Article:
Archive | May 2015

Humbly apologise and divinely forgive

Alexander Pope, the 18th century poet rightly said, “To err is human; to forgive, divine.” Mistakes are a part of our living. Every time we make a mistake, we learn and grow. If we have not made any mistakes, we are most likely to have not learnt much. While making mistakes is human and natural, to be able to forgive is divine and special.

Seek forgiveness. As you know, not all mistakes are readily forgiven. We are forgiven only if the other knows that their forgiveness means something to us. Once they know that we are genuinely sorry, they find it worth to forgive. So, when we are at fault, feeling guilty is not sufficient. Asking for an apology makes the difference. A sincere apology is almost always accepted – even if it may take time! And doing so heals the seeker as well as the giver.

Don’t disappear with guilt. Sometimes, we may feel guilty about a mistake to the extent that we don’t want to face the person. We’d rather disappear with guilt than appear with an apology. In doing so, we are allowing a person to remain mistaken about our mistake. The lack of regret or apology makes it feel like the guilty doesn’t care enough – and hence, hurts even more. It almost feels like a betrayal because they never get to know that we were actually feeling sorry about what happened.

Apology preferred over an excuse. There are other times, when we may show up, not with an apology, but an excuse. For example: “Yeah! Heard you were in a crisis but see – because I stayed away, you were able to learn for yourself. And that’s exactly why I stayed away!” This might appear as being insensitive to what they have gone through while justifying our failure to be there. Stating an excuse is like not wanting to own up to our behaviour. After all, no excuse can be as good as a genuine apology. It might not be the easiest thing to face someone we have wronged and ask for an apology – but, if that person matters, then it may be the best thing to do. It strengthens the relationship further. Even if they react, we are in a better place to understand because we really care. On the contrary, if we carry our ego everywhere, all we get is a big bubble to live in – that may burst anytime. If people are important, we let go of self. If only self is important, we may be letting go of people. Nothing right or wrong, but depends on what’s important to us in that context.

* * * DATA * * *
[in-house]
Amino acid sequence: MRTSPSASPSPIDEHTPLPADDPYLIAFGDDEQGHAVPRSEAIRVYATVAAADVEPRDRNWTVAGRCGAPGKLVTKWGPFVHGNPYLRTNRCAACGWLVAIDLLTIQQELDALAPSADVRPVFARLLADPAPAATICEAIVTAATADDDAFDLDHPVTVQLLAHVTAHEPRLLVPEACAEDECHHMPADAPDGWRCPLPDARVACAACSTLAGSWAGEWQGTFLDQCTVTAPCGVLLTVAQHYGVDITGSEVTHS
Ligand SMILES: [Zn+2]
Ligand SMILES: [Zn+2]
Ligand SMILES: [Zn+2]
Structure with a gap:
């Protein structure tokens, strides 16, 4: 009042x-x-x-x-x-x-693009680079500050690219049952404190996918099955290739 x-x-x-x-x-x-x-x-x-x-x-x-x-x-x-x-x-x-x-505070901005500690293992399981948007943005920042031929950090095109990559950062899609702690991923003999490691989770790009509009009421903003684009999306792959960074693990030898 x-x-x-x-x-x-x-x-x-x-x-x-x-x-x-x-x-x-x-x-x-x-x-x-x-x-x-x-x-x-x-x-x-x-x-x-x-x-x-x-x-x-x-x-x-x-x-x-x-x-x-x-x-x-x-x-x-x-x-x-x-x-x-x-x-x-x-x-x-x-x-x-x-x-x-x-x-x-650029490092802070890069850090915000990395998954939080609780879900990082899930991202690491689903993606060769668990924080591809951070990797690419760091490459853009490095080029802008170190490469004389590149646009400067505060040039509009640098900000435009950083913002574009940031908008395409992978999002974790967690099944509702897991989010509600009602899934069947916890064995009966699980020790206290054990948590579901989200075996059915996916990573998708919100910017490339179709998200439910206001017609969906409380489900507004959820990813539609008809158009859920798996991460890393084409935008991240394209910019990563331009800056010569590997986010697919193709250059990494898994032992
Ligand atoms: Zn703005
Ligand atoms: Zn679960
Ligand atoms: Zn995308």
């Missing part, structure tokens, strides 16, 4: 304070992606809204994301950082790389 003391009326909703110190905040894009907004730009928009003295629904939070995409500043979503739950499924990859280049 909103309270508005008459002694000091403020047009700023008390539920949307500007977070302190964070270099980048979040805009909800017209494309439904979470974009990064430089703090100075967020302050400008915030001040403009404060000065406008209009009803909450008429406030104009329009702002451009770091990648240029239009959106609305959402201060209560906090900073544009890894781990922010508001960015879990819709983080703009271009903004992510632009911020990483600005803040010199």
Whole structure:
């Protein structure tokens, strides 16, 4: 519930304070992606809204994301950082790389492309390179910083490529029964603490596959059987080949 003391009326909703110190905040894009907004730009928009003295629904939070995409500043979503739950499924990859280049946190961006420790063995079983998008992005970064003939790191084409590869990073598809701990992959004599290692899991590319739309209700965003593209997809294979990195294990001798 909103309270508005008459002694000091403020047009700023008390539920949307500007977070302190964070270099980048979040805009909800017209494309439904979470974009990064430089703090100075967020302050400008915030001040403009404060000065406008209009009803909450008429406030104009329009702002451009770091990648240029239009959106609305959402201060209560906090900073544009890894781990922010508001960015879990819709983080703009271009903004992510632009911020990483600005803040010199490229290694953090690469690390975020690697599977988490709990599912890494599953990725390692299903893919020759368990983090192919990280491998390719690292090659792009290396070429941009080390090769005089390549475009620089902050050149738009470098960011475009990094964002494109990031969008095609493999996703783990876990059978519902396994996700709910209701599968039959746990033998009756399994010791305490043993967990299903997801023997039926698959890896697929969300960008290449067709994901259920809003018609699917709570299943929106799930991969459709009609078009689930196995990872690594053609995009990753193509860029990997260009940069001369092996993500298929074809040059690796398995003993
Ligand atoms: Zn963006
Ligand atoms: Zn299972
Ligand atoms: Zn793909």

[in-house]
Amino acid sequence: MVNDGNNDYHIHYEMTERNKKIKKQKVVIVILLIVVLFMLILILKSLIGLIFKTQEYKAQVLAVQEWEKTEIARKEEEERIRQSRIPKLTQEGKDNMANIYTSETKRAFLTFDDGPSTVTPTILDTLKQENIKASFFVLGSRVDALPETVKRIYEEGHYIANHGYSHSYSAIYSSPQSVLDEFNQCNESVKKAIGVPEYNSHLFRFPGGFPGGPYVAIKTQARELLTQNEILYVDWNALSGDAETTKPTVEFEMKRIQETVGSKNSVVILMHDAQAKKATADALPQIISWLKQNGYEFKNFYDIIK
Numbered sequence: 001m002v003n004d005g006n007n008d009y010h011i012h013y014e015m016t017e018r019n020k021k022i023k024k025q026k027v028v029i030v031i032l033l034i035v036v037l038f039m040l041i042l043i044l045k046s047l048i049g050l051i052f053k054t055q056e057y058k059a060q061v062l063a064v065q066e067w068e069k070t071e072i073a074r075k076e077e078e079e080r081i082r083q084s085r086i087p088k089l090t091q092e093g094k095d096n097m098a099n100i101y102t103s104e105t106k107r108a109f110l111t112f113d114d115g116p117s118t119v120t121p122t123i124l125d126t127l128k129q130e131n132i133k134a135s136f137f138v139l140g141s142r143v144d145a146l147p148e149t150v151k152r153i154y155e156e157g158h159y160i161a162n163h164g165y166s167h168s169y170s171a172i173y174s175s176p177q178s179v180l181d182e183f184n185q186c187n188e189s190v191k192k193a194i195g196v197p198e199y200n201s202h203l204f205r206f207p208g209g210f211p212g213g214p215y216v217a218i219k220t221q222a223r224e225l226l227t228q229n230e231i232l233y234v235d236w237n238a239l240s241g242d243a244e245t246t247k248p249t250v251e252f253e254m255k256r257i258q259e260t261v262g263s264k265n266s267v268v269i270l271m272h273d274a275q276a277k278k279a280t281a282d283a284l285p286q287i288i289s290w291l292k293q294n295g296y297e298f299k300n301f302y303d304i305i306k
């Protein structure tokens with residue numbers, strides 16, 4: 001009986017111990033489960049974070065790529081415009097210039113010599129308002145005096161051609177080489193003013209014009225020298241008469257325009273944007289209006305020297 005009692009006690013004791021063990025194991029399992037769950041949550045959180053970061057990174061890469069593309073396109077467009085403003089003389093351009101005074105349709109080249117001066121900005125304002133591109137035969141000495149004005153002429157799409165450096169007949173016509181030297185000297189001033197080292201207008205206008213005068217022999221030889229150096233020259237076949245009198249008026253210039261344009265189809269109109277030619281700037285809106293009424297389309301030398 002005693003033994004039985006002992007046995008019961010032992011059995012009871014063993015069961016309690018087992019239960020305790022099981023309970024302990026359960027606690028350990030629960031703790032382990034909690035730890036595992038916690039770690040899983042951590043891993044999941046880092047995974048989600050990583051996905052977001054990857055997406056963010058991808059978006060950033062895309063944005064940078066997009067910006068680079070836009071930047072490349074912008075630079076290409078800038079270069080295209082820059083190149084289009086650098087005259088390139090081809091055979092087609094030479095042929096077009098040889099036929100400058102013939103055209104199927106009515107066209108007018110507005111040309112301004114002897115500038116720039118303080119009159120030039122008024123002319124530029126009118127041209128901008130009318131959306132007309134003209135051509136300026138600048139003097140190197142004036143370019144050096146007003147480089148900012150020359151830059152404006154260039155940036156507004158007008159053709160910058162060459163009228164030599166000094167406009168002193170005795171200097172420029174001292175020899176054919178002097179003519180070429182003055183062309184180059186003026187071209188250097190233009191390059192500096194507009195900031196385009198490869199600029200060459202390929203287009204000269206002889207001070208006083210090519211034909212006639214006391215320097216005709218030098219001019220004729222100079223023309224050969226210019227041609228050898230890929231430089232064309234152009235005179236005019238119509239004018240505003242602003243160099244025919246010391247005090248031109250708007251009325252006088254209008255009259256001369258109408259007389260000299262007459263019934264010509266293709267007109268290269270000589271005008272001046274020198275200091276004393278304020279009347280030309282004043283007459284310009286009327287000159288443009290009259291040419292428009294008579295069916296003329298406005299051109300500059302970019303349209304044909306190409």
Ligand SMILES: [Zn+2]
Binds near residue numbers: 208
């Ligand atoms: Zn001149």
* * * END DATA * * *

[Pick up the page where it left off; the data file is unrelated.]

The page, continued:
Relationship over self. An apology is never known to have hurt anyone greater than an excuse. And an excuse is never known to have had a greater acceptance than an apology. If we are focused only on making ourselves feel better, we will look to justify ourselves. But if we truly care for the other as much as we care for ourselves, we’ll own up and apologize since we value the relationship.

Say it like you mean it. When we say sorry like we mean it, we should also ensure we don’t repeat it. New mistakes are more easily forgiven. But repeating the same mistakes are hard to get over. It may feel like we have made sorry-telling a habit. The more we repeat a sorry with same person over similar instances, the lesser becomes our credibility. It’s unlike other things, where the more we repeat the more perfect we get.

Rules change. While all of this holds true when we make a mistake, it may not be helpful to have the same yardstick when we have been wronged. When others make a mistake, and don’t ask for forgiveness, let’s forgive them anyway. May not be because they deserve it, but because we deserve mental peace. You may wonder why the rules of the game are different for others and different for self. Well, that’s because, the only person we can change is ourselves. If we expect others to be in a certain way, it may happen or it may not happen. However, when it comes to self, we can completely be the way we want to be – and thereby, be a powerful example for those around us. Gandhi said, “The weak can never forgive. Forgiveness is an attribute of the strong”. When we forgive, we are stronger. The mistakes appear small and unimportant and we are able to let go of it. It’s not the mistakes that are important. It is the learning that they each had to offer. If we are humble, we seek forgiveness. If we are divine, we forgive. And we can always choose to be humbly divine.

 

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